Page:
7) Share Your Long-Term Financial Goals
So you’re ready to tie the knot? One of first things you both should sort out is what your long-term financial goals are. Do you plan to retire early or later? Do you both plan to start businesses together or individually? Which format will work best for your personalities? If you plan to work on the same business together, which role will each play that will not place a strain on your future marriage? Having candid discussions about where you both see yourselves 10, 20 and 30 years from now will put things in perspective and make sure that your long-term financial dreams and goals are compatible.
6) Identify the money red flags
Is your partner secretive about money? Are they constantly asking you to lend them money or co-sign a loan before you are even married? Do they like to show off with money when they have none? These might be financial red flags that your partner may not be financially responsible. Additionally, if you are already arguing about money before you are married this might be another sign you may not be financially compatible. Try to hash out these issues and be honest with each other about your financial strengths and weaknesses. You may be able to help each other navigate these weaknesses if you’re both open and honest about it in the beginning. Marriage requires total honesty with one another if you truly are dedicated to making it work. It’s never too early to start building on this foundation of honesty before you tie the knot.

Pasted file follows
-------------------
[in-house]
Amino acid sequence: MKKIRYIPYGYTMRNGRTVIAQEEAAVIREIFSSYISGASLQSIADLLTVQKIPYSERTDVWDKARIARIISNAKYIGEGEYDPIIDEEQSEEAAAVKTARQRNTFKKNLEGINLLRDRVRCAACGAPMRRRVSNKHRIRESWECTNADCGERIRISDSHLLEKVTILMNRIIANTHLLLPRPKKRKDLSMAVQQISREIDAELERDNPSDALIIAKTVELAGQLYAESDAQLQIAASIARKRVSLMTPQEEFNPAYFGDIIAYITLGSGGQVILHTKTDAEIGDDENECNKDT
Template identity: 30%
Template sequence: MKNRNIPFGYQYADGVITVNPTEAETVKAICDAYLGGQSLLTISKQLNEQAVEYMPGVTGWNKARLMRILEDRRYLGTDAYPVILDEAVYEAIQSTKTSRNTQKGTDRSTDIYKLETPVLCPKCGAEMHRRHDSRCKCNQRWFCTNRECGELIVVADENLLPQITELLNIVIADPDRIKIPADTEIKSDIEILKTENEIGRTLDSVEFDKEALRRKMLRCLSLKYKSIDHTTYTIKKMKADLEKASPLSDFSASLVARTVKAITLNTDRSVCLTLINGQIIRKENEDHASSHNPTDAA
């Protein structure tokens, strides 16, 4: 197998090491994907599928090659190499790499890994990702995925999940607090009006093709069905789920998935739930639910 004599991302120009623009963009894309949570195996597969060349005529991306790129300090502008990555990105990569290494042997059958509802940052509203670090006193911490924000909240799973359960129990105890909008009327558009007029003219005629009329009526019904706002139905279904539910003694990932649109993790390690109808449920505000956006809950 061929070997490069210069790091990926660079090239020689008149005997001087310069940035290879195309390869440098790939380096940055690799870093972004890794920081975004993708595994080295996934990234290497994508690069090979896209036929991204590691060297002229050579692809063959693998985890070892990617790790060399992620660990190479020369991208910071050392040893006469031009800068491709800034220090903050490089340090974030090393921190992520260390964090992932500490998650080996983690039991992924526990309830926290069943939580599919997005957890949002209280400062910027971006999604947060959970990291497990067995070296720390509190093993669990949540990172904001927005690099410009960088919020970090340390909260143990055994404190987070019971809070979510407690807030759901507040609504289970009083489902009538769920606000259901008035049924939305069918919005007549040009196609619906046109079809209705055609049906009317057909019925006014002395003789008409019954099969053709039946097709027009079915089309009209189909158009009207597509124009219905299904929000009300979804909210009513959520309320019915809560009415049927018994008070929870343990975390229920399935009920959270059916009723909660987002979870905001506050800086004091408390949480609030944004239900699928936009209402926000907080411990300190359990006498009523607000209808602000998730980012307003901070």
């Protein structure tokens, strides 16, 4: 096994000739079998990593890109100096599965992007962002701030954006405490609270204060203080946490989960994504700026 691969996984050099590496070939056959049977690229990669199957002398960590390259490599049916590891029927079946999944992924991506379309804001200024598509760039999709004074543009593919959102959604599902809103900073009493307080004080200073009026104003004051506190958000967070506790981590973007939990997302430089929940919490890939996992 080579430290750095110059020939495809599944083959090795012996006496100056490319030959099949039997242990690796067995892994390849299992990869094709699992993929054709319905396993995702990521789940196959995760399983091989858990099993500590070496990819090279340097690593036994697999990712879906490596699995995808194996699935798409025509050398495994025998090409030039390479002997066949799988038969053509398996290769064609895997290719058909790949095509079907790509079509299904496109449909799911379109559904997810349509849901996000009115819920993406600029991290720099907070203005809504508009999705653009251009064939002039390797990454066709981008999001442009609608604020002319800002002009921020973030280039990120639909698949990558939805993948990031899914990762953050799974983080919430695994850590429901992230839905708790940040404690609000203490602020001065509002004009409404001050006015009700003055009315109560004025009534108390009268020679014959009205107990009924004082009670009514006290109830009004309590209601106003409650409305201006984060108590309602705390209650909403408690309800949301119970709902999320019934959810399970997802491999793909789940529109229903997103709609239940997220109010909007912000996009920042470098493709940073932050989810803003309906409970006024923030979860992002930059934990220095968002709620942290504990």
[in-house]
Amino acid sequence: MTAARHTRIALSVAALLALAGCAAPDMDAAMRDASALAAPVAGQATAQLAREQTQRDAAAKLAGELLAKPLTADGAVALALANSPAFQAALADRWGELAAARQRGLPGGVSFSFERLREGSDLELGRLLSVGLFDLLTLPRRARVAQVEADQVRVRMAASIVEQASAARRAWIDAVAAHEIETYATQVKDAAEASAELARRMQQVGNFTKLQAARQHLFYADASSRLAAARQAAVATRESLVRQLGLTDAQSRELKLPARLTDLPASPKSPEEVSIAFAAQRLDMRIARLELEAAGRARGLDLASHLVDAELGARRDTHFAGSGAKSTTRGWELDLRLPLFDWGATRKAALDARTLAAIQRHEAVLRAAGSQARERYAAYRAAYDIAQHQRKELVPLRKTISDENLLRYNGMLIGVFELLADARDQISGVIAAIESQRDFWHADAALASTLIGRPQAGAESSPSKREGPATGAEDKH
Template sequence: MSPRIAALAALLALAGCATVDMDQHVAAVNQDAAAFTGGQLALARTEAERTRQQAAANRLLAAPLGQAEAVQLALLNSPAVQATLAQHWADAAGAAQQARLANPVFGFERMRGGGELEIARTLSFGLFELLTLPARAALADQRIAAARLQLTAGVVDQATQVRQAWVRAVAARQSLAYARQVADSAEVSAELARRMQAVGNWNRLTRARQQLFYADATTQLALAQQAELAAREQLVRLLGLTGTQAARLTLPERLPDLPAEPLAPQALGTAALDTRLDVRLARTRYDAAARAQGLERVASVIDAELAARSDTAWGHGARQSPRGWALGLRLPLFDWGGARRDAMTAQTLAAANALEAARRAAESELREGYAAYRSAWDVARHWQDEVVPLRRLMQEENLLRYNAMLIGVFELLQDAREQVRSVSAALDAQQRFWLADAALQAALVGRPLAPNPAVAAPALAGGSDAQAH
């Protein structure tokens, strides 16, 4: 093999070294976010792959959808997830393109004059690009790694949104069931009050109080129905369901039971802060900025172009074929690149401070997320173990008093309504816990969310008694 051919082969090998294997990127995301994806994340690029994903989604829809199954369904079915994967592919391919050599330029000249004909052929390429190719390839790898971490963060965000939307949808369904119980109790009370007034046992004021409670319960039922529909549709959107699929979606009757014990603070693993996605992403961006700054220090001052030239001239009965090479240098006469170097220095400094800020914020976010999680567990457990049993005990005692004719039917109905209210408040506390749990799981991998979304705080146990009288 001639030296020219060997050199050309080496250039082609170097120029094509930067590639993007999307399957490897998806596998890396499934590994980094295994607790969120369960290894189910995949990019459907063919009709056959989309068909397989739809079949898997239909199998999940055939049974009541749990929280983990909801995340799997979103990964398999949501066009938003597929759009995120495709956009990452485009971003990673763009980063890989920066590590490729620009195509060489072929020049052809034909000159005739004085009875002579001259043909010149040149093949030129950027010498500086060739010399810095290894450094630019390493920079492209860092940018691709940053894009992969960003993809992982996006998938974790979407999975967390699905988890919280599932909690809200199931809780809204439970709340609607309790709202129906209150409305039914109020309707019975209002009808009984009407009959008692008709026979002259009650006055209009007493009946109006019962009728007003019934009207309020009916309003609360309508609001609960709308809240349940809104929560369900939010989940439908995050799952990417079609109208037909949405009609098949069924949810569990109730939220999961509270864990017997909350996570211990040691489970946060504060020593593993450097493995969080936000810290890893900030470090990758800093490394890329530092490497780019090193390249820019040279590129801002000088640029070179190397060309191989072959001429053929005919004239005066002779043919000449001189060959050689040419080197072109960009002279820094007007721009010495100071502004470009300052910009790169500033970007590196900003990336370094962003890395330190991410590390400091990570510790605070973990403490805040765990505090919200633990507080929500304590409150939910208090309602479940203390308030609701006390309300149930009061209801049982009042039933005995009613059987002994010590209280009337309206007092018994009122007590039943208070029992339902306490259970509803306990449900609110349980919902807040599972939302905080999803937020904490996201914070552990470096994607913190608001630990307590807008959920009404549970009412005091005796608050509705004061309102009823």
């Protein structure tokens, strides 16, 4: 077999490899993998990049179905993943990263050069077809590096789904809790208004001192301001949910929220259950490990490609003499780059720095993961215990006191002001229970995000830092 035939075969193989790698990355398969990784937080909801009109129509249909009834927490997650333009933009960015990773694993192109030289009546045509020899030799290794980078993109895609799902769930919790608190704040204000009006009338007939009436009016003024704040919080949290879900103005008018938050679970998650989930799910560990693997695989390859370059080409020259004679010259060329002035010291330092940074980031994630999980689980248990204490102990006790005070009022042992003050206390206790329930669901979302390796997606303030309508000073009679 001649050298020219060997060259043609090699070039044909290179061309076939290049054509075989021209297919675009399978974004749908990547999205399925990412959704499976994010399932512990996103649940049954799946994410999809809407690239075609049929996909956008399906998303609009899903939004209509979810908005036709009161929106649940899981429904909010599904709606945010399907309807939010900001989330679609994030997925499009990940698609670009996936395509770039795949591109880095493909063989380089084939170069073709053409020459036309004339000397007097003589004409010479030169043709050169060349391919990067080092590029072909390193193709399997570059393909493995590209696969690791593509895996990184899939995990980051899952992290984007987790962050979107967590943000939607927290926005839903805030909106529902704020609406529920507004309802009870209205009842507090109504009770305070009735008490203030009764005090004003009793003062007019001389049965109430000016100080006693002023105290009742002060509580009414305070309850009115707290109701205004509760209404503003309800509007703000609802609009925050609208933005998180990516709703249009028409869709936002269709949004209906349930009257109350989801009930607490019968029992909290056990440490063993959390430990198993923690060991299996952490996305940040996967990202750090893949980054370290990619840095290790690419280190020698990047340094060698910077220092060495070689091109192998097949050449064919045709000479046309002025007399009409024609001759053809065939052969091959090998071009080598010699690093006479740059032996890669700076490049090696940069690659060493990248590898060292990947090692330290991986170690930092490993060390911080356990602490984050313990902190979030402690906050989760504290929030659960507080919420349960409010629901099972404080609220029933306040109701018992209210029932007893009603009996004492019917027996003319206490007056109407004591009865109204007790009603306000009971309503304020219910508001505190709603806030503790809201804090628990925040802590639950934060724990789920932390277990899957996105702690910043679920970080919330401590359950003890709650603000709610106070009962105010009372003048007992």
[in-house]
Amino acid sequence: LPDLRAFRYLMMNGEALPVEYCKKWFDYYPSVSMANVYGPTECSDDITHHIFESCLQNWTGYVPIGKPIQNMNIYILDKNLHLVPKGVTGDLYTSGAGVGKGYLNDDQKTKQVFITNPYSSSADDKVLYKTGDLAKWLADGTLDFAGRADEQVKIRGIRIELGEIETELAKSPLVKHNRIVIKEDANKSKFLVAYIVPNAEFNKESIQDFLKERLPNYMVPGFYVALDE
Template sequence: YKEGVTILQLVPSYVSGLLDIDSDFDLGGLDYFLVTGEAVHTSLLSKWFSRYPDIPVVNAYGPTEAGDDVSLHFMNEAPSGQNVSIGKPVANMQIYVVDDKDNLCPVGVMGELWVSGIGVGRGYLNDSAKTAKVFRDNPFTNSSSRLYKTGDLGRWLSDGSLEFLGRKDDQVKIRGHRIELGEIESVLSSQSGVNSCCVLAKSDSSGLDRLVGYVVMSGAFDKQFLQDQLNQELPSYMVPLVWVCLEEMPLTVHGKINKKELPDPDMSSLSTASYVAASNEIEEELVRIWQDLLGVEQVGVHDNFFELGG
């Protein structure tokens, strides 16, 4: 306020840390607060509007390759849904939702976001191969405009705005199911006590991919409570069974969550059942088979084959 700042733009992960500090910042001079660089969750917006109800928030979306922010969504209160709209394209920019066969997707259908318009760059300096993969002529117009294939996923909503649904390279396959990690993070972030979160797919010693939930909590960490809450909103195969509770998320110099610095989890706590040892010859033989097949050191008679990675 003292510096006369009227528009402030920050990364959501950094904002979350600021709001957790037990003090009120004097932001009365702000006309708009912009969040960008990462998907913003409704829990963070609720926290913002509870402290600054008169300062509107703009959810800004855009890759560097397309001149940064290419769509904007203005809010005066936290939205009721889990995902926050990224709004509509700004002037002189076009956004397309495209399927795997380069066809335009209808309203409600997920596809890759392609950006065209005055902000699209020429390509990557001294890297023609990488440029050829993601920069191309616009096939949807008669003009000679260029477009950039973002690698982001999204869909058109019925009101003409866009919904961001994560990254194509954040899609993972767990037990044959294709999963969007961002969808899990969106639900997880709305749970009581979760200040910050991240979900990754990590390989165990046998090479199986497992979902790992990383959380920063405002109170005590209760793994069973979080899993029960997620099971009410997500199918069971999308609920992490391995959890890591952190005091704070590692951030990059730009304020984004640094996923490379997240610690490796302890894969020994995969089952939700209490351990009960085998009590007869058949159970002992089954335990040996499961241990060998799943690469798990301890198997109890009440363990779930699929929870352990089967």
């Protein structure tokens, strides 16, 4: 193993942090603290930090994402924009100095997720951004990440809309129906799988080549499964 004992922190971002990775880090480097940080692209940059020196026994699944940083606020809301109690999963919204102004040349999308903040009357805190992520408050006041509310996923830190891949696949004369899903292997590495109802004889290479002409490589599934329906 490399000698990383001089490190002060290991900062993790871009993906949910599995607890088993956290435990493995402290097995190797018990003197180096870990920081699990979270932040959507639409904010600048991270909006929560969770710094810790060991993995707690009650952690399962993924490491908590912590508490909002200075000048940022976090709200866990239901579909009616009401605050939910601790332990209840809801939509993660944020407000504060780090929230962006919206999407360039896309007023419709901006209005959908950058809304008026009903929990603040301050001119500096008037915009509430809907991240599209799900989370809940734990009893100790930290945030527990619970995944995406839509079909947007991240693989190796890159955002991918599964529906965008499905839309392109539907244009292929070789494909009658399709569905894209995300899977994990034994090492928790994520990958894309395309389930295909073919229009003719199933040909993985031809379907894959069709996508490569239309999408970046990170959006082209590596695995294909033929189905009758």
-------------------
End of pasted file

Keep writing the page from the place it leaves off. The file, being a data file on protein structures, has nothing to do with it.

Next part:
5) Discover your Financial Persona
Are you a saver and your partner is a spender? Is one of you financially savvy naturally and the other not so much? Does one of you come from a more financially well-off family compared to the other? How does this affect their intrinsic approach to money? Taking time to learn each other’s financial persona will help reveal ways you both can use your individual strengths to support the others’ weaknesses and the relationship overall.
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4) Intention to Work After Marriage
Your partner may have different ideas or plans for after you two get married. They might be expecting you to support them after marriage since they do not intend to keep their job once you tie the knot. This assumption, if realized after marriage, might put undue strain on your early nuptial. Try to be clear with one another before marriage about who will be the breadwinner, the stay-at-home parent, or if you both will work and source for extra help for the children. Do not assume any given work situation after the wedding. You’ll do best by communicating your thoughts on this matter well before you say ‘I do’.
3) Lay Out All Your Assets
Before you sign a marriage license with someone, make sure you have a clear idea of their assets and liabilities. Getting married means that the two of you will be starting your life together hence prior knowledge of possible assets and liabilities of your partner will make transition into married life is as seamless as possible.
2) Decide on How the Expenses Will Be Handled
Before you get married, you need to sit with your significant other and decide how the expenses will be divided. This is especially important if the both of you are earning an income. You need to discuss how the bills will be split; who will pay the rent, who will buy the groceries and things like that. When things such as these have been decided before you get married, the likelihood of having fights over petty financial issues decrease greatly.
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